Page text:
The events of the past week illustrate that we tend to do things if no one is watching. When the bombs at the Boston Marathon went off, one of the first comments I heard was, “With all the cameras in place, and all the cell phones with cameras, it should not take long to identify the perpetrators.”
I wonder if the two brothers, who were quickly identified and pursued, even thought about the abundance of cameras. I wonder if they thought about the consequences.
It all reminds me of the verse in Numbers 32:23 (KJV) which says, “…be sure your sin will find you out.” Sobering.
God’s camera is always on. He never misses a thing. When you displayed a bad attitude at work or towards your boss, He saw it.
Sure, you may pull off your sinful act, and you may even attend a party that evening, but you will never get away. Oh, perhaps for a time. Maybe for a long time.
But one day you will be exposed, because God’s camera is always on!
He stressed getting on the job early and going over what had to be done for the day. The reasoning was simple. If the crew and I showed up right at starting time, the crew would stand around while I got my game plan together. That equals wasted time and wasted money on wages.
Then when the day was over hang around a little. Reflect, walk around, and survey what needs to be done the following day. In all honesty I tended to continue to think about work long after I had left the job.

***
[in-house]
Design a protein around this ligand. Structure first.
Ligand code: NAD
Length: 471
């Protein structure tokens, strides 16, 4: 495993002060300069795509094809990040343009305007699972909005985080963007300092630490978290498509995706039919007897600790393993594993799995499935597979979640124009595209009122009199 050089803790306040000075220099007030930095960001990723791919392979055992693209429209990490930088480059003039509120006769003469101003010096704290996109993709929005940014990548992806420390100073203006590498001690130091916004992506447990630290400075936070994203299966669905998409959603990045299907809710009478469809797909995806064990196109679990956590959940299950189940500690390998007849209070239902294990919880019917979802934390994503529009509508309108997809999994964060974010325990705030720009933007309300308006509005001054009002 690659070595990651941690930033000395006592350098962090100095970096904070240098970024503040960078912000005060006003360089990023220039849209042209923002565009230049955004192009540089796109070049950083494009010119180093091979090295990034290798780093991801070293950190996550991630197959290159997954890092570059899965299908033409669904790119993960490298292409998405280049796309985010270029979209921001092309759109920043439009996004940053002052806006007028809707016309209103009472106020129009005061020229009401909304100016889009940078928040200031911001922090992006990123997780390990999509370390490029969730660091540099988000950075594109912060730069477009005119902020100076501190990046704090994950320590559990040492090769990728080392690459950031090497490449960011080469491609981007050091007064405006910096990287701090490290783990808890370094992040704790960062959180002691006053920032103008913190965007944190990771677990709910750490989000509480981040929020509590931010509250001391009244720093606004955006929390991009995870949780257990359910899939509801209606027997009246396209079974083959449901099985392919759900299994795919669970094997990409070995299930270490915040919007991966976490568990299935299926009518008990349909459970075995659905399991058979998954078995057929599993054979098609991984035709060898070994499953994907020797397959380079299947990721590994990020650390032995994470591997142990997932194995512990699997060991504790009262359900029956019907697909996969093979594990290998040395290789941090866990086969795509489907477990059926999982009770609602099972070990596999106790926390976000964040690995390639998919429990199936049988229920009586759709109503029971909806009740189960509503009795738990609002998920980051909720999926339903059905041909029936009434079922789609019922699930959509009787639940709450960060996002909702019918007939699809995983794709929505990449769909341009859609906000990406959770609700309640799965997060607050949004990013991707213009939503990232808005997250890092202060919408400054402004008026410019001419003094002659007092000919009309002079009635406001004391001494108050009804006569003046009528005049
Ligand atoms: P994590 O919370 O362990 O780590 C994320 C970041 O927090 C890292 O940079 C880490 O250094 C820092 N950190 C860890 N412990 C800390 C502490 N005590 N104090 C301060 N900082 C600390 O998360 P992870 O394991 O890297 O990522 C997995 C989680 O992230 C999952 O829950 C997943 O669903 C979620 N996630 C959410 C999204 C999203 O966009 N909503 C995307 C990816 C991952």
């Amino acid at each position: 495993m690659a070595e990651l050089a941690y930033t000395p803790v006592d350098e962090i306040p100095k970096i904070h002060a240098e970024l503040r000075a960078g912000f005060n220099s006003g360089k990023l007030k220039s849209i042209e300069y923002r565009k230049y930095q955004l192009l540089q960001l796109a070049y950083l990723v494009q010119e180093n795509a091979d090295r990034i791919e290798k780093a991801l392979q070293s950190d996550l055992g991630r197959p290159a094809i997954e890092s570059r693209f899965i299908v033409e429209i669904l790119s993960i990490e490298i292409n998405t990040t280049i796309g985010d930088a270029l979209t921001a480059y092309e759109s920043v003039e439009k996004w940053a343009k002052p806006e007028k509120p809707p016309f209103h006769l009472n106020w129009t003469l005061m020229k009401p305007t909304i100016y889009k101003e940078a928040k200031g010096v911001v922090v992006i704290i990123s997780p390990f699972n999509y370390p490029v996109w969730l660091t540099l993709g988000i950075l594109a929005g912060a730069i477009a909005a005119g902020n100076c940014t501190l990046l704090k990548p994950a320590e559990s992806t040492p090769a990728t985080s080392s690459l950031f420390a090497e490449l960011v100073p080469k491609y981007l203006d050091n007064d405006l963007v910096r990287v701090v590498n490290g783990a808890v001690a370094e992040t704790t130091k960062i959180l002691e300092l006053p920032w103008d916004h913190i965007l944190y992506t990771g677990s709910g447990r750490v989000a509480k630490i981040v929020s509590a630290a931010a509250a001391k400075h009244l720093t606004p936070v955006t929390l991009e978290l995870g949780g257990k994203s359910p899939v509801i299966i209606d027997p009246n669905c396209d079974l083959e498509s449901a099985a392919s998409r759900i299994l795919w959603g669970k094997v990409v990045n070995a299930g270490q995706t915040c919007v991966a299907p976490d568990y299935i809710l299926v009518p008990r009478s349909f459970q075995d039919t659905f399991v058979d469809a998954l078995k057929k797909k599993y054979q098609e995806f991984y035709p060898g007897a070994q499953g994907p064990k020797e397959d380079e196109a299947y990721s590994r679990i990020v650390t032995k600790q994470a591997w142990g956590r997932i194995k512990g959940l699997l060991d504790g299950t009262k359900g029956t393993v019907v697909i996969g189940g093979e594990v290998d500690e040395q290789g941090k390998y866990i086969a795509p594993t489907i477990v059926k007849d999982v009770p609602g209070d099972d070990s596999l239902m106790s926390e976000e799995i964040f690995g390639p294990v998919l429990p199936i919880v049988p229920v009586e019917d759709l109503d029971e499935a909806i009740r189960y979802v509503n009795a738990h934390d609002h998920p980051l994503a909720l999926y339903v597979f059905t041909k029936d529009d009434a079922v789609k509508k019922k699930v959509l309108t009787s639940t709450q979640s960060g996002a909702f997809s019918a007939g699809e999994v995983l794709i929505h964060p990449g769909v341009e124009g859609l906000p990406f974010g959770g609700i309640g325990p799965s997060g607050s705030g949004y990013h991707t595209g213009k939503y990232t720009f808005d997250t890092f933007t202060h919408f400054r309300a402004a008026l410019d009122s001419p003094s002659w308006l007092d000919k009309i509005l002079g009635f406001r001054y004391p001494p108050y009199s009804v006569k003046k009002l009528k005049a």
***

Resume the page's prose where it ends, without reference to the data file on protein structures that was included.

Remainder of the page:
In construction it’s so common for the guys to pull up right at starting time. In their minds they should get paid to get their tools out of their cars, take five minutes to get on the building, and have a few minutes of conversation. Then when quitting time came they flew off the building as if they were going to a fire. Go figure. If they were asked to work five minutes extra they balked.
Which simply means that if you arrive first, or at least early, and leave last, or at least hang around a few minutes, you will set yourself apart from the crowd.
To this day it’s almost impossible for me not to arrive first and leave last. For years it was ingrained into me, and I’m thankful that today it remains a core value.
To set the context, you need to know my dad was all about work. He never stopped for lunch. In fact, in his earlier days as a crane operator, while the others were eating lunch he wiped the crane down. He felt like he could eat lunch while operating the crane.
Once again, my dad is in his element when he is cleaning or working. To most of us we would say that dad never took time to enjoy life, but he was enjoying life if he was working or cleaning something.
To him those things were fun.
Well, one day my brother Mark, Scott, Mike, and I were working together on a job when dad pulled up. We had not been working long so it was still early.
Dad jumps out of the truck and says, “Let’s go skiing!”
Totally unexpected. Skip work and go skiing? Are you kidding? That simply never had happened before.
To this day it remains one of the most memorable days in my life.
I have skied many times. But only once was it memorable.
And what made it memorable? The unexpected.